Lester Slater, the complainant, became a "casual employee" in the truck freight business in 1953 or early
1954. He approached an employer, but was referred to the union hiring hall. There, the dispatcher told him to see Barney Volkoff, an official of the union, whose office in the union headquarters building was some three miles away. Describing his visit to Volkoff, Slater stated that
"[I] just give him [Volkoff] the money to send back East to pay up my dues back there for the withdrawal card, . . . and I went right to the [hiring] hall and went to work."
However, this was but the beginning of Slater's trouble with the hall. After some difficulty with one of his temporary employers (Pacific Intermountain Express), the hall refused to refer Slater to other employers. In order to keep employed despite the union hall's failure to dispatch him, Salter relied on a letter from John Annand, an International Representative of the union, stating that "you may seek work wherever you can find it in the freight industry without working through the hiring hall." It was this letter that obtained Slater his employment with Los Angeles-Seattle Motor Express, where he was characterized by its dock foreman as being "a good worker." After a few months employment, the Business Agent of the union (Victor Karaty) called on the Los Angeles-Seattle Motor Express, advising that it could not hire Slater "any longer here without a referral card"; that the company would "have to get rid of Slater, and, if [it] . . . didn't, that he was going to tie the place up in a knot, [that he] would pull the men off." Los Angeles-Seattle Motor Express fired Slater, telling him that "[We] . . . can't use you now until you get this straightened out with the union. Then come back; we will put you to work." He then went to the union, and was again referred to Volkoff, who advised, "I can't do anything for you, because you are out. You are not qualified for this job." Upon being shown the Annand letter, Volkoff declared "I am the union." On later occasions when Slater attempted to get clearance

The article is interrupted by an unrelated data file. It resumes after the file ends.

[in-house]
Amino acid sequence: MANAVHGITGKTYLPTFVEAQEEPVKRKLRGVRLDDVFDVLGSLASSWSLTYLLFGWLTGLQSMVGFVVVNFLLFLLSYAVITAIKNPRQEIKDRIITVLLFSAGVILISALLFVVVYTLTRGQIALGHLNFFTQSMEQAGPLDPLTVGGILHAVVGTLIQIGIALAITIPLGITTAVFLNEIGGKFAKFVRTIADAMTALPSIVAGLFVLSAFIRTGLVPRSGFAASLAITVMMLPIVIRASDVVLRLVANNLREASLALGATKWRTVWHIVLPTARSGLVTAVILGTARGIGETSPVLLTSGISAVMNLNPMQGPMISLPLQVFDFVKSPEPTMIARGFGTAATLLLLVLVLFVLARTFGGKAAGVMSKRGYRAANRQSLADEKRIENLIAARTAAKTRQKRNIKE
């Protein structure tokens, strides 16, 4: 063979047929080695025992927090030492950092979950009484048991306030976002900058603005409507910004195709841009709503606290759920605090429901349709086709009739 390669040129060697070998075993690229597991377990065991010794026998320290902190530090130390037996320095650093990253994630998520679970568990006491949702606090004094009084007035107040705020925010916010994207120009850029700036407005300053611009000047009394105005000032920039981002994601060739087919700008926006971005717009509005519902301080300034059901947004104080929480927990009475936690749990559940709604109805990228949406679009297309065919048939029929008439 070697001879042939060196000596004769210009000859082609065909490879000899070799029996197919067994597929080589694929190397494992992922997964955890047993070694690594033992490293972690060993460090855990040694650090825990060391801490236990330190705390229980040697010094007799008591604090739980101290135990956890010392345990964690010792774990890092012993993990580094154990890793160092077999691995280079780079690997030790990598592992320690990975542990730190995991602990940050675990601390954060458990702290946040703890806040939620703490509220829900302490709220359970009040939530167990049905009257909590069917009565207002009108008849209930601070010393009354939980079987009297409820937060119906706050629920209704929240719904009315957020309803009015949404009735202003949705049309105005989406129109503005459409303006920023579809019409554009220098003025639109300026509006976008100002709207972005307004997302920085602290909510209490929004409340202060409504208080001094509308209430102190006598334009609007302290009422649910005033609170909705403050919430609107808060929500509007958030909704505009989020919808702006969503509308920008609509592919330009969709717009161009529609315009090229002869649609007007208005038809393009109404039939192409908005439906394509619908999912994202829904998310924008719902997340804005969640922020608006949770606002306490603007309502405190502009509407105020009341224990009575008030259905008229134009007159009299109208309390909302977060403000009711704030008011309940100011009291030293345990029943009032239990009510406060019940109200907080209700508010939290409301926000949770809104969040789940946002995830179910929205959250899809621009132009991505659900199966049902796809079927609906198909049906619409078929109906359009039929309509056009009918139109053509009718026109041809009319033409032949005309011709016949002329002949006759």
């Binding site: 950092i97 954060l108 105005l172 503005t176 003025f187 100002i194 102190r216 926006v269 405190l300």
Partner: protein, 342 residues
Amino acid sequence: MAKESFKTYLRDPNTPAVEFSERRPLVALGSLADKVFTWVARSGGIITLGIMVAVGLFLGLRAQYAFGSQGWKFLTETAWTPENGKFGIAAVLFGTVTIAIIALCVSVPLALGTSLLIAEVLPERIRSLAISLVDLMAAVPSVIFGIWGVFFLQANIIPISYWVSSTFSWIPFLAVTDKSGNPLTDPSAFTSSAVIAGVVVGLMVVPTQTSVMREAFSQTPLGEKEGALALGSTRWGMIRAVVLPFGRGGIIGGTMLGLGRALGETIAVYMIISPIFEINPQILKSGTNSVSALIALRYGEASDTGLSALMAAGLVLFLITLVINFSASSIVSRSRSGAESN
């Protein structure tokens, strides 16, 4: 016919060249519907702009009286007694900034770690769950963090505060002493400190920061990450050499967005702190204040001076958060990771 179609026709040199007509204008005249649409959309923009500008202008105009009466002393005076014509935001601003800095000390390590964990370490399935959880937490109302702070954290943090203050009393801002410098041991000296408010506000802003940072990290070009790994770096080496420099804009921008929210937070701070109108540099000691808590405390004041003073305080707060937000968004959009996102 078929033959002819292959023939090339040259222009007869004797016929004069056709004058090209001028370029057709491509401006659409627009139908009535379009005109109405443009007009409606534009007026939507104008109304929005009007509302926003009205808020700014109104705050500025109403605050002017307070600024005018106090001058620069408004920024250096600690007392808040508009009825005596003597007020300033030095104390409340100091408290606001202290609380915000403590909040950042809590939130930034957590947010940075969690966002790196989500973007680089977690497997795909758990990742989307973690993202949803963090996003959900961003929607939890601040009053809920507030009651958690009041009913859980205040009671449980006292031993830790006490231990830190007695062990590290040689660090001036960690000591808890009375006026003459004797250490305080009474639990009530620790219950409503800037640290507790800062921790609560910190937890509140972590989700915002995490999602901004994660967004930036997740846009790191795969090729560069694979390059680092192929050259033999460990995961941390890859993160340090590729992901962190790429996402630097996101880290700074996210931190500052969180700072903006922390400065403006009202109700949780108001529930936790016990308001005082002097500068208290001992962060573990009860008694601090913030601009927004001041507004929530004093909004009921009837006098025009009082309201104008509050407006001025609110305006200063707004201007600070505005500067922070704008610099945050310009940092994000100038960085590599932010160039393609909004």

from Volkoff, he was asked "How come you weren't out on that -- didn't go out on the picket line?" (Apparently the union had been on a strike.) Slater testified,
"I told him that nobody asked me to. I was out a week. I thought the strike was on. The hall was closed. The guys told me there weren't no work."
The landlady of Slater also approached Volkoff in an effort to get him cleared, and she testified that "I asked Mr. Barney Volkoff what he had against Lester Slater and why he was doing this to him." And she quoted him as saying: "For a few reasons, one is about the P.I.E. [Pacific Intermountain Express] . . . [a]nother thing, he is an illiterate." She further testified that "he [Volkoff] didn't like the way he dressed. And he [Volkoff] fussed around and fussed around." He therefore refused to "route," as the Court calls it, Slater through the union hiring hall.